Thank you, Frank Hardy:
Frankly, I thought the anonymous male who was leaving me phone messages should have been cited after the first phone message I received, and I told the police officer that. The officer in charge of my case said that under Part (a) of Privacy in Communications – no explicit threat had been made. (I told him that I thought an implied threat had been made, but according to his interpretation of the law, an implied threat is not the same as an explicit threat, and I could see his point.)
I think after several calls were made the police officer decided Part (b) of Privacy in Communications applied, specifically the part that says: “ . . . . or to disturb by repeated communications the peace, quiet, or right of privacy of a person at the place where the communications are received."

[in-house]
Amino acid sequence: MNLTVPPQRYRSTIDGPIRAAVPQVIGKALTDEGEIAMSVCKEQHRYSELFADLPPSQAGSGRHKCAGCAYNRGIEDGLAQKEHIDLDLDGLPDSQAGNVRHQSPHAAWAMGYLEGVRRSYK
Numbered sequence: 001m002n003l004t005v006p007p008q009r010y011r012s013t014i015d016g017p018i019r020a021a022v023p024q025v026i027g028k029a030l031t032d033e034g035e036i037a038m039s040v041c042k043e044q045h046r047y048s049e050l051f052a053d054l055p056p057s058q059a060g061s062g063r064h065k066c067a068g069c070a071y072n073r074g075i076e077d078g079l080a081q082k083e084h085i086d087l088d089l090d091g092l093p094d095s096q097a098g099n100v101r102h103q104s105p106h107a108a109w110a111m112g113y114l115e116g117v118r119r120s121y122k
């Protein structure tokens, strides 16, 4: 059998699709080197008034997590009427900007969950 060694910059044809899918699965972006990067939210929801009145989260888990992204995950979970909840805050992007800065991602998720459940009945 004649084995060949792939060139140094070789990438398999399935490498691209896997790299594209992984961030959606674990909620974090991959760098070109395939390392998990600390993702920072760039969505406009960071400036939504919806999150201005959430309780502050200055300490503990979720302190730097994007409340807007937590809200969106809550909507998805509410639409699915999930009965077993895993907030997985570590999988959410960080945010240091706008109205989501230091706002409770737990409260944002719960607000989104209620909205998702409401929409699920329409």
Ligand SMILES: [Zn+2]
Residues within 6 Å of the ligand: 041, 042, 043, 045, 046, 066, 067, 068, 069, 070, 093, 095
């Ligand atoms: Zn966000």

During the course of the police investigation, I was told by the police officer that perhaps I should consider getting an unlisted phone number (which I considered a “victim shaming” piece of advice. And, it was suggested that perhaps I shouldn’t post so much on milescity.com. I reminded the police officer of the First Amendment right of free speech.)
From this experience, I don’t think Montana’s law was applied fairly. I still think the man involved should have been issued a citation and not just a warning. Maybe he got a warning because he was a prominent, male, business owner in Miles City. Clearly, he violated Part (b) the of Privacy in Communications law. By way of contrast in how the police apply Montana’s laws: I don’t think warnings are given in DUI cases.
So, maybe at the next football game I’ll wear a t-shirt that says: “Female Lives Matter” and then take a knee. Oh, I forgot, I don’t go to football games!